For those of you who are not aware of Pennsylvania’s budget dilemma, here is a good way to find out. The revenue picture is very dim for us here in the Commonwealth. There are a number of estimates that run from 1.2 billion to 2.0 billion shortfalls in our tax collections. That has caused a minor earthquake in the process of creating a new budget.
The governor laid out a budget in February that appeared to be reasonable (by current standards). However, what he and his staff did not know was that they would be shy a bunch of revenue. The Governor’s no tax increase pledge makes raising any kind of new revenue almost impossible. So, as the months went by, there were hints that we might get a Marcellus Shale (natural gas) severance tax and that the Governor might actually sign onto the Affordable Care Act.
Those two things might not have filled the hole in the budget, but it would have gone a long way. As the months rolled on, it was apparent that the members of the Republican caucus in the House of Representatives were going an entirely different way. They put together a budget that was actually lower than the Governor’s. It did not increase any taxes and really assumed that tax collections would increase and that it used one time revenues.
As a former school superintendent I am aware of not using non-recurring revenues for reoccurring expenses, such as salaries and benefits. This budget appears to use about 3 billion some of these kinds of revenues. That kind of scares me. It would mean an even bigger hole next year, especially if tax revenues continue to decline.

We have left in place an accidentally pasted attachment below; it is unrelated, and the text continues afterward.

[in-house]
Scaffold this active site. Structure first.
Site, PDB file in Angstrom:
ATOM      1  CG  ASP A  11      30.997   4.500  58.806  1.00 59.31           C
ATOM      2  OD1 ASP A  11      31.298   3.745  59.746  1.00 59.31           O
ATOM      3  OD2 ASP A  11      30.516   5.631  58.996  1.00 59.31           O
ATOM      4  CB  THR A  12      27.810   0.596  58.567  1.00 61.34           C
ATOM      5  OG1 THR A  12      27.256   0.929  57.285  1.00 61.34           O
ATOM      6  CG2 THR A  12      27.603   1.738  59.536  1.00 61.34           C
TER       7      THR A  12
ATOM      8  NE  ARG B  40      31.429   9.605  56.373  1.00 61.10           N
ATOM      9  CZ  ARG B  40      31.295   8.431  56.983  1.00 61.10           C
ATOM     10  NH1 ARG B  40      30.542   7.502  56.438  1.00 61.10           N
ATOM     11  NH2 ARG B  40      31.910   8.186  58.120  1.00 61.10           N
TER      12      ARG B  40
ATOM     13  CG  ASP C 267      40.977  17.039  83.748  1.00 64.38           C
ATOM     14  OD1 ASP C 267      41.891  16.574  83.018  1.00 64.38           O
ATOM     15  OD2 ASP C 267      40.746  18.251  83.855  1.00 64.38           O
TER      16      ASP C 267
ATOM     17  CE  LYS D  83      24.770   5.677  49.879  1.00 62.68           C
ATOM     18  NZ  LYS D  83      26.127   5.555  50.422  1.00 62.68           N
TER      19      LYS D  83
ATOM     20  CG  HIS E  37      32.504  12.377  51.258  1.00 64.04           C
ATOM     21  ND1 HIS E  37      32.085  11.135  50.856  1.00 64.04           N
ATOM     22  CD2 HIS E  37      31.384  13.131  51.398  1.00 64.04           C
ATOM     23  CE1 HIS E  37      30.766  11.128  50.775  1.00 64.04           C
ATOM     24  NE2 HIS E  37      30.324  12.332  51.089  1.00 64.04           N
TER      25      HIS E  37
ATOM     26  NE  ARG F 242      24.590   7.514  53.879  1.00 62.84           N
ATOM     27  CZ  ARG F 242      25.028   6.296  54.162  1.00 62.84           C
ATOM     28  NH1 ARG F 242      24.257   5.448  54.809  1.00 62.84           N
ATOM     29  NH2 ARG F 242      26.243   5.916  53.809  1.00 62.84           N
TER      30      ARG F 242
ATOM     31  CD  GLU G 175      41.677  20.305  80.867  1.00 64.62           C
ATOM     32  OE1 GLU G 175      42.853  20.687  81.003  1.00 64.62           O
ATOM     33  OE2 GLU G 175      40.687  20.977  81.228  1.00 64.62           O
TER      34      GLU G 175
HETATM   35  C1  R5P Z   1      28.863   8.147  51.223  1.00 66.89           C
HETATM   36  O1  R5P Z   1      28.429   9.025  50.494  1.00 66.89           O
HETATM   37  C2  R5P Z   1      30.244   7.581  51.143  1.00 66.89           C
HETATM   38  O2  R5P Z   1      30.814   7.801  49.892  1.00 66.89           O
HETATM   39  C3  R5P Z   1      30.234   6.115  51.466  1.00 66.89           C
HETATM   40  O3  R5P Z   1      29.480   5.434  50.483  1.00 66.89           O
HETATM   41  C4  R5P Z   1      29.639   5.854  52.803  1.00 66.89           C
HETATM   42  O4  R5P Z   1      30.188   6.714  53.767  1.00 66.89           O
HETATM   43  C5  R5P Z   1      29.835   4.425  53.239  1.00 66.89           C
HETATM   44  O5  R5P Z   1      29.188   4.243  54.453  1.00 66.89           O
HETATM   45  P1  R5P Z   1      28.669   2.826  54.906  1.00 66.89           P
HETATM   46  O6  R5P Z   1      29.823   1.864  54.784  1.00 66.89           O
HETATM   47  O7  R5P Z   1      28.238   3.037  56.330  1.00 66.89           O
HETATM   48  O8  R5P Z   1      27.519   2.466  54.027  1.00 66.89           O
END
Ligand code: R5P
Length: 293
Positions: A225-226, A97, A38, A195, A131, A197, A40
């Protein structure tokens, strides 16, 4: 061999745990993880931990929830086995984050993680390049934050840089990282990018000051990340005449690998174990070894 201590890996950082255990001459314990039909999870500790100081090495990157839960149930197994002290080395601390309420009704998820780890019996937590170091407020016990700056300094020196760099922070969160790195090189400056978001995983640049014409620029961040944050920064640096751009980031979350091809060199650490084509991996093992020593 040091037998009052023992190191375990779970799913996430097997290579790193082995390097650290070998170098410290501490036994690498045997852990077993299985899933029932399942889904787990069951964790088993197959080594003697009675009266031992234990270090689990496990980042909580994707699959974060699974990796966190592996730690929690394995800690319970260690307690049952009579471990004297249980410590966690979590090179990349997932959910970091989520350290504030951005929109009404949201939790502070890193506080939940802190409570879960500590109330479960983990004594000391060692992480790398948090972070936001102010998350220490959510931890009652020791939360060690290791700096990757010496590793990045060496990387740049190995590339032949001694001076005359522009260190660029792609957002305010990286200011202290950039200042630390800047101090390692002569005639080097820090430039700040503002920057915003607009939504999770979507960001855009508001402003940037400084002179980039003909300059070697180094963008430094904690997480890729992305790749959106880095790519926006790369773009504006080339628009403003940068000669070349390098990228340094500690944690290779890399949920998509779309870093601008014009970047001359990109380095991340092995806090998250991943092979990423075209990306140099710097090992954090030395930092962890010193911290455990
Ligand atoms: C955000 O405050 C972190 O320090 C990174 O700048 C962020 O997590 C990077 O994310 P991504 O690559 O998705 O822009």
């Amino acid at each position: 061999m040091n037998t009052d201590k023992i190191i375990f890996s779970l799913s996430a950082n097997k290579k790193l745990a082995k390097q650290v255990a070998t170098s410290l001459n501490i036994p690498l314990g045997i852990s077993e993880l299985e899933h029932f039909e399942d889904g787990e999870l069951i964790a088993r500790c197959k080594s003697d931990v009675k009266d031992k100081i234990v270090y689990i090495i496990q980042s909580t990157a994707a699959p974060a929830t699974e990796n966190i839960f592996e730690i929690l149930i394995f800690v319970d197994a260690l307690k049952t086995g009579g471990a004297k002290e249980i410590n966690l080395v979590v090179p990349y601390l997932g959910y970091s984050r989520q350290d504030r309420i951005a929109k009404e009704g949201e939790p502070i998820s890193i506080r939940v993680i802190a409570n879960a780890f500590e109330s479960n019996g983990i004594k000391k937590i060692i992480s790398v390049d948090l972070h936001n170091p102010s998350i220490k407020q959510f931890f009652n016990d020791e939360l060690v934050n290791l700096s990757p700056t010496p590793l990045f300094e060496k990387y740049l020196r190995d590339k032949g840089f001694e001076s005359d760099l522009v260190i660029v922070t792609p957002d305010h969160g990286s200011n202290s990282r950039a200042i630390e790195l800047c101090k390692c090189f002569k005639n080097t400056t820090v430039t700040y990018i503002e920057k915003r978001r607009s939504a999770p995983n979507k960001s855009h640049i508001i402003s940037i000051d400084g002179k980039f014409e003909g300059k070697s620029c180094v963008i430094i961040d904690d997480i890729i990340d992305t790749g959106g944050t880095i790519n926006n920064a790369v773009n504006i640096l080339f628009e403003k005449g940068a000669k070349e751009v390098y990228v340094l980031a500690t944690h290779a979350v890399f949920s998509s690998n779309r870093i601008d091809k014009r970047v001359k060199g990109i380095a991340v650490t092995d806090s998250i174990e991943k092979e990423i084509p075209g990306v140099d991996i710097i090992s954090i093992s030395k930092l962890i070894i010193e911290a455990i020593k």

The members of the Governor’s own party have now lined up against him. The Governor had indicated that he would not sign a budget unless there was something related to pension reform either in it or passed separately. That did not happen and in a scene from Othello, fifteen of his own party made sure that the issue was recommitted to a committee, whose head, would not bring up the issue till the fall.
So we now have the budget passed by both houses, the Governor threatening not to sign it, and an implementation bill ( called the Fiscal Code), which implements the budget going back and forth like a ping pong ball between the houses. You can see how tiring going from office to office and trying to figure out what is going on would be.
It appears that the Republicans in the House are divided. I am not sure into how many factions, but there are at least four- Tea Party Conservatives, Young legislators who are constantly asking questions of the leadership, moderate Republicans who reach across the aisle for support sometimes, and those who vote no on anything. You can see from this formulation that it would be hard to cobble together a vote to pass most things.
That does not even include some Democrats, who sometimes cross the aisle, such as a transportation bill, to aid the Republicans. The animosity towards the Governor from his own party is palpable. Their complaints range from he never talks to us to he makes us vote on incredibly hard issues all of the time. The result being that the Governor has not gotten through an overwhelming part of his agenda- privatizing the lottery, privatizing the liquor stores, reforming pensions, school reform and others. The only thing he got through was the transportation bill, which needed a bunch of Democratic votes.


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